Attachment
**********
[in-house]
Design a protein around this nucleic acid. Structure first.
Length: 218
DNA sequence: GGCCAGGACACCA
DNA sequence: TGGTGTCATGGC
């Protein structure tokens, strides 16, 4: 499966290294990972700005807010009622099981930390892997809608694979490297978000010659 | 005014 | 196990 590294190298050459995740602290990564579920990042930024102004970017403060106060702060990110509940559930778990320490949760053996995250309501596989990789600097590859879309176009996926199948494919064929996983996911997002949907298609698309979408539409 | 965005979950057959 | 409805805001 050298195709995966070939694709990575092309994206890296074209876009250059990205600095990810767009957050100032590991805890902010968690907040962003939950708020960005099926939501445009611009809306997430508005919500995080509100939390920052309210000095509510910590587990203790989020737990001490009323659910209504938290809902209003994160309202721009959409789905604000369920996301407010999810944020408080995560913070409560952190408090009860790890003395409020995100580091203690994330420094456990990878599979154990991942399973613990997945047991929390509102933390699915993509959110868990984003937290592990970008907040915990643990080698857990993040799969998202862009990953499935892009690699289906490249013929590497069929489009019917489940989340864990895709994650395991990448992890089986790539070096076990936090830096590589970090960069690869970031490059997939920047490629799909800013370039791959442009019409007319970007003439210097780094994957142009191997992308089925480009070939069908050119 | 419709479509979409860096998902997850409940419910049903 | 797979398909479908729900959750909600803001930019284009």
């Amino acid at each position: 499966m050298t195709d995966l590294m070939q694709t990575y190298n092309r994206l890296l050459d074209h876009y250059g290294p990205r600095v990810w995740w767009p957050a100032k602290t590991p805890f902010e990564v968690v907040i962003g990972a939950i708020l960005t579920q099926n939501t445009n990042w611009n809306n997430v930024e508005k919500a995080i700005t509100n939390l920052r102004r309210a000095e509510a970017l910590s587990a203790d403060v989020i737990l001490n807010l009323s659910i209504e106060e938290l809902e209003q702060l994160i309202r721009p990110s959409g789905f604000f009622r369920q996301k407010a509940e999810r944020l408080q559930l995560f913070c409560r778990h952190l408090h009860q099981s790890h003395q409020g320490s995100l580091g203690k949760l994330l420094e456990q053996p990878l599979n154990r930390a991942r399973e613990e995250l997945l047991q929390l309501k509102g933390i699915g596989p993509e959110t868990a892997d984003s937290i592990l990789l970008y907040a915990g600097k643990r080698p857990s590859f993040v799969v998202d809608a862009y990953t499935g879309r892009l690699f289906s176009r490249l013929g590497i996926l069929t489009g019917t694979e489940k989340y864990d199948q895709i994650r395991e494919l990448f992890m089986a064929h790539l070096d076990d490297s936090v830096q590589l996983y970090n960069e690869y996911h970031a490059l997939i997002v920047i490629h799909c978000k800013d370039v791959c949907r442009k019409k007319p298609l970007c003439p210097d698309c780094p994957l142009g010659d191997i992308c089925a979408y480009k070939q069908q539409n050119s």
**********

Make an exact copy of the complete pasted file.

[in-house]
Design a protein around this nucleic acid. Structure first.
Length: 218
DNA sequence: GGCCAGGACACCA
DNA sequence: TGGTGTCATGGC
């Protein structure tokens, strides 16, 4: 499966290294990972700005807010009622099981930390892997809608694979490297978000010659 | 005014 | 196990 590294190298050459995740602290990564579920990042930024102004970017403060106060702060990110509940559930778990320490949760053996995250309501596989990789600097590859879309176009996926199948494919064929996983996911997002949907298609698309979408539409 | 965005979950057959 | 409805805001 050298195709995966070939694709990575092309994206890296074209876009250059990205600095990810767009957050100032590991805890902010968690907040962003939950708020960005099926939501445009611009809306997430508005919500995080509100939390920052309210000095509510910590587990203790989020737990001490009323659910209504938290809902209003994160309202721009959409789905604000369920996301407010999810944020408080995560913070409560952190408090009860790890003395409020995100580091203690994330420094456990990878599979154990991942399973613990997945047991929390509102933390699915993509959110868990984003937290592990970008907040915990643990080698857990993040799969998202862009990953499935892009690699289906490249013929590497069929489009019917489940989340864990895709994650395991990448992890089986790539070096076990936090830096590589970090960069690869970031490059997939920047490629799909800013370039791959442009019409007319970007003439210097780094994957142009191997992308089925480009070939069908050119 | 419709479509979409860096998902997850409940419910049903 | 797979398909479908729900959750909600803001930019284009």
């Amino acid at each position: 499966m050298t195709d995966l590294m070939q694709t990575y190298n092309r994206l890296l050459d074209h876009y250059g290294p990205r600095v990810w995740w767009p957050a100032k602290t590991p805890f902010e990564v968690v907040i962003g990972a939950i708020l960005t579920q099926n939501t445009n990042w611009n809306n997430v930024e508005k919500a995080i700005t509100n939390l920052r102004r309210a000095e509510a970017l910590s587990a203790d403060v989020i737990l001490n807010l009323s659910i209504e106060e938290l809902e209003q702060l994160i309202r721009p990110s959409g789905f604000f009622r369920q996301k407010a509940e999810r944020l408080q559930l995560f913070c409560r778990h952190l408090h009860q099981s790890h003395q409020g320490s995100l580091g203690k949760l994330l420094e456990q053996p990878l599979n154990r930390a991942r399973e613990e995250l997945l047991q929390l309501k509102g933390i699915g596989p993509e959110t868990a892997d984003s937290i592990l990789l970008y907040a915990g600097k643990r080698p857990s590859f993040v799969v998202d809608a862009y990953t499935g879309r892009l690699f289906s176009r490249l013929g590497i996926l069929t489009g019917t694979e489940k989340y864990d199948q895709i994650r395991e494919l990448f992890m089986a064929h790539l070096d076990d490297s936090v830096q590589l996983y970090n960069e690869y996911h970031a490059l997939i997002v920047i490629h799909c978000k800013d370039v791959c949907r442009k019409k007319p298609l970007c003439p210097d698309c780094p994957l142009g010659d191997i992308c089925a979408y480009k070939q069908q539409n050119s």